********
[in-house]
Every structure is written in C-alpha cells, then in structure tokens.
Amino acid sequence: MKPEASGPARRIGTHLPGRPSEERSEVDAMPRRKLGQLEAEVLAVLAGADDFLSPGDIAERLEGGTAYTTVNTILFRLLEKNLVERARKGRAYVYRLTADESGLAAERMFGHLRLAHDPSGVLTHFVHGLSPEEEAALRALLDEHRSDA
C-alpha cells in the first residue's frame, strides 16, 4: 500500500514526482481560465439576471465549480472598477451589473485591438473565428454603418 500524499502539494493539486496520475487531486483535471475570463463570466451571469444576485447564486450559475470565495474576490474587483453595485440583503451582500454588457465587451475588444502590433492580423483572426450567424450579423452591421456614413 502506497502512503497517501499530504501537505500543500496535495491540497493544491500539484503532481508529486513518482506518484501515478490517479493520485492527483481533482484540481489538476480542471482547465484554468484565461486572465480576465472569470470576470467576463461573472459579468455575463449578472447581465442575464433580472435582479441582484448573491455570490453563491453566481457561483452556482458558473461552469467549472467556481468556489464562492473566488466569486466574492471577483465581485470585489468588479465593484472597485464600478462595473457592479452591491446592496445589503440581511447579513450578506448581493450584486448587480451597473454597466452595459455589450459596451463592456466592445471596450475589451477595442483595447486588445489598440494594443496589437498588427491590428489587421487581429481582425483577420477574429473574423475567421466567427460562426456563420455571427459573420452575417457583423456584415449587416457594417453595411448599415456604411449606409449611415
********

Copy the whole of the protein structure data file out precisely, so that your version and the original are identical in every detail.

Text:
[in-house]
Every structure is written in C-alpha cells, then in structure tokens.
Amino acid sequence: MKPEASGPARRIGTHLPGRPSEERSEVDAMPRRKLGQLEAEVLAVLAGADDFLSPGDIAERLEGGTAYTTVNTILFRLLEKNLVERARKGRAYVYRLTADESGLAAERMFGHLRLAHDPSGVLTHFVHGLSPEEEAALRALLDEHRSDA
C-alpha cells in the first residue's frame, strides 16, 4: 500500500514526482481560465439576471465549480472598477451589473485591438473565428454603418 500524499502539494493539486496520475487531486483535471475570463463570466451571469444576485447564486450559475470565495474576490474587483453595485440583503451582500454588457465587451475588444502590433492580423483572426450567424450579423452591421456614413 502506497502512503497517501499530504501537505500543500496535495491540497493544491500539484503532481508529486513518482506518484501515478490517479493520485492527483481533482484540481489538476480542471482547465484554468484565461486572465480576465472569470470576470467576463461573472459579468455575463449578472447581465442575464433580472435582479441582484448573491455570490453563491453566481457561483452556482458558473461552469467549472467556481468556489464562492473566488466569486466574492471577483465581485470585489468588479465593484472597485464600478462595473457592479452591491446592496445589503440581511447579513450578506448581493450584486448587480451597473454597466452595459455589450459596451463592456466592445471596450475589451477595442483595447486588445489598440494594443496589437498588427491590428489587421487581429481582425483577420477574429473574423475567421466567427460562426456563420455571427459573420452575417457583423456584415449587416457594417453595411448599415456604411449606409449611415